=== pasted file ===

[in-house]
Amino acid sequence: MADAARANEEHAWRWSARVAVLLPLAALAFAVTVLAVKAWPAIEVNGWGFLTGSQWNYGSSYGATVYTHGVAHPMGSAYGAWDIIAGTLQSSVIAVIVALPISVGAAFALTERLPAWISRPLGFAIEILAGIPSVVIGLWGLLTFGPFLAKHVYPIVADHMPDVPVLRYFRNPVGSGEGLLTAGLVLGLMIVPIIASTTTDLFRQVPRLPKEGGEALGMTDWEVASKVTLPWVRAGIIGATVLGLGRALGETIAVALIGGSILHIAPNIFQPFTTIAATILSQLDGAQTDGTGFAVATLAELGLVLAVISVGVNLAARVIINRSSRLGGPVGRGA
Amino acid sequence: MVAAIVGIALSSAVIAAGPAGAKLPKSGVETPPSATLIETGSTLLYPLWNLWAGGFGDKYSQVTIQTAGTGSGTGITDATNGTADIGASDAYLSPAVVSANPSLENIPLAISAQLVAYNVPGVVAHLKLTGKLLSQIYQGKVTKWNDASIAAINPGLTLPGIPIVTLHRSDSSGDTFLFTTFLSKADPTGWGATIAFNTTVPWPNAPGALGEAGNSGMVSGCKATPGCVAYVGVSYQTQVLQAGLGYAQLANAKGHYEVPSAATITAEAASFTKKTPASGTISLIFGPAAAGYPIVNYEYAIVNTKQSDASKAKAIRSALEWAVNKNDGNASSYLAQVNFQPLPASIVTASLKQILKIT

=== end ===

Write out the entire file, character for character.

[in-house]
Amino acid sequence: MADAARANEEHAWRWSARVAVLLPLAALAFAVTVLAVKAWPAIEVNGWGFLTGSQWNYGSSYGATVYTHGVAHPMGSAYGAWDIIAGTLQSSVIAVIVALPISVGAAFALTERLPAWISRPLGFAIEILAGIPSVVIGLWGLLTFGPFLAKHVYPIVADHMPDVPVLRYFRNPVGSGEGLLTAGLVLGLMIVPIIASTTTDLFRQVPRLPKEGGEALGMTDWEVASKVTLPWVRAGIIGATVLGLGRALGETIAVALIGGSILHIAPNIFQPFTTIAATILSQLDGAQTDGTGFAVATLAELGLVLAVISVGVNLAARVIINRSSRLGGPVGRGA
Amino acid sequence: MVAAIVGIALSSAVIAAGPAGAKLPKSGVETPPSATLIETGSTLLYPLWNLWAGGFGDKYSQVTIQTAGTGSGTGITDATNGTADIGASDAYLSPAVVSANPSLENIPLAISAQLVAYNVPGVVAHLKLTGKLLSQIYQGKVTKWNDASIAAINPGLTLPGIPIVTLHRSDSSGDTFLFTTFLSKADPTGWGATIAFNTTVPWPNAPGALGEAGNSGMVSGCKATPGCVAYVGVSYQTQVLQAGLGYAQLANAKGHYEVPSAATITAEAASFTKKTPASGTISLIFGPAAAGYPIVNYEYAIVNTKQSDASKAKAIRSALEWAVNKNDGNASSYLAQVNFQPLPASIVTASLKQILKIT